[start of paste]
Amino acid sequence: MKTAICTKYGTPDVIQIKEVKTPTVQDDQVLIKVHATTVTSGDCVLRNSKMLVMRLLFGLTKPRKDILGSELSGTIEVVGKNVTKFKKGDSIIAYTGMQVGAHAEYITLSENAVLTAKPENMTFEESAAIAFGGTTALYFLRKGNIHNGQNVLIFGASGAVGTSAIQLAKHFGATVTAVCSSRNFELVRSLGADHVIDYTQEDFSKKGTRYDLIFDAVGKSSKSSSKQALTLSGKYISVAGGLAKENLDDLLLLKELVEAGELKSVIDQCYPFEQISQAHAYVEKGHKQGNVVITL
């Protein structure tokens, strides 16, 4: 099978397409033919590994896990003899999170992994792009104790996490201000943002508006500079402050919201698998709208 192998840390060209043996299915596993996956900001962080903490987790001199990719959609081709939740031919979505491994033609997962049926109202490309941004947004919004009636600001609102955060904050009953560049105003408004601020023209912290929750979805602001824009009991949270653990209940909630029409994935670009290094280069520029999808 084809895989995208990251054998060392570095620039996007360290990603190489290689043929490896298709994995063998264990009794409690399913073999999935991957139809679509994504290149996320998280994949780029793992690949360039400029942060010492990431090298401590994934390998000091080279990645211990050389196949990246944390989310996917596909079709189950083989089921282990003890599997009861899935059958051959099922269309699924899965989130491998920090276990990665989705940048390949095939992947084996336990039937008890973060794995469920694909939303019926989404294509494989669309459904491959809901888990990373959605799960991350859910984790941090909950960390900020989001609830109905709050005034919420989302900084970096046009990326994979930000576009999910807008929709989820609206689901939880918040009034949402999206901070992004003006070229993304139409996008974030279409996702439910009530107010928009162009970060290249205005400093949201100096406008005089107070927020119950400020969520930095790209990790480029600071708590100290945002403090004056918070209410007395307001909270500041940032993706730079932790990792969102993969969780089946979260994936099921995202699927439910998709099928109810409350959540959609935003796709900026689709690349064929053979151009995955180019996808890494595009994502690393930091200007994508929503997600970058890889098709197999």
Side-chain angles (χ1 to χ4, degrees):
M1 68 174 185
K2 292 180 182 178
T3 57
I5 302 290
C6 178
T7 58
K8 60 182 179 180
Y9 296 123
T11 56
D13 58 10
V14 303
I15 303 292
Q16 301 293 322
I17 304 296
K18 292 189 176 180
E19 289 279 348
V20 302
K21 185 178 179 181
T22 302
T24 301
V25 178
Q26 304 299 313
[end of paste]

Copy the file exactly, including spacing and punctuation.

Amino acid sequence: MKTAICTKYGTPDVIQIKEVKTPTVQDDQVLIKVHATTVTSGDCVLRNSKMLVMRLLFGLTKPRKDILGSELSGTIEVVGKNVTKFKKGDSIIAYTGMQVGAHAEYITLSENAVLTAKPENMTFEESAAIAFGGTTALYFLRKGNIHNGQNVLIFGASGAVGTSAIQLAKHFGATVTAVCSSRNFELVRSLGADHVIDYTQEDFSKKGTRYDLIFDAVGKSSKSSSKQALTLSGKYISVAGGLAKENLDDLLLLKELVEAGELKSVIDQCYPFEQISQAHAYVEKGHKQGNVVITL
């Protein structure tokens, strides 16, 4: 099978397409033919590994896990003899999170992994792009104790996490201000943002508006500079402050919201698998709208 192998840390060209043996299915596993996956900001962080903490987790001199990719959609081709939740031919979505491994033609997962049926109202490309941004947004919004009636600001609102955060904050009953560049105003408004601020023209912290929750979805602001824009009991949270653990209940909630029409994935670009290094280069520029999808 084809895989995208990251054998060392570095620039996007360290990603190489290689043929490896298709994995063998264990009794409690399913073999999935991957139809679509994504290149996320998280994949780029793992690949360039400029942060010492990431090298401590994934390998000091080279990645211990050389196949990246944390989310996917596909079709189950083989089921282990003890599997009861899935059958051959099922269309699924899965989130491998920090276990990665989705940048390949095939992947084996336990039937008890973060794995469920694909939303019926989404294509494989669309459904491959809901888990990373959605799960991350859910984790941090909950960390900020989001609830109905709050005034919420989302900084970096046009990326994979930000576009999910807008929709989820609206689901939880918040009034949402999206901070992004003006070229993304139409996008974030279409996702439910009530107010928009162009970060290249205005400093949201100096406008005089107070927020119950400020969520930095790209990790480029600071708590100290945002403090004056918070209410007395307001909270500041940032993706730079932790990792969102993969969780089946979260994936099921995202699927439910998709099928109810409350959540959609935003796709900026689709690349064929053979151009995955180019996808890494595009994502690393930091200007994508929503997600970058890889098709197999």
Side-chain angles (χ1 to χ4, degrees):
M1 68 174 185
K2 292 180 182 178
T3 57
I5 302 290
C6 178
T7 58
K8 60 182 179 180
Y9 296 123
T11 56
D13 58 10
V14 303
I15 303 292
Q16 301 293 322
I17 304 296
K18 292 189 176 180
E19 289 279 348
V20 302
K21 185 178 179 181
T22 302
T24 301
V25 178
Q26 304 299 313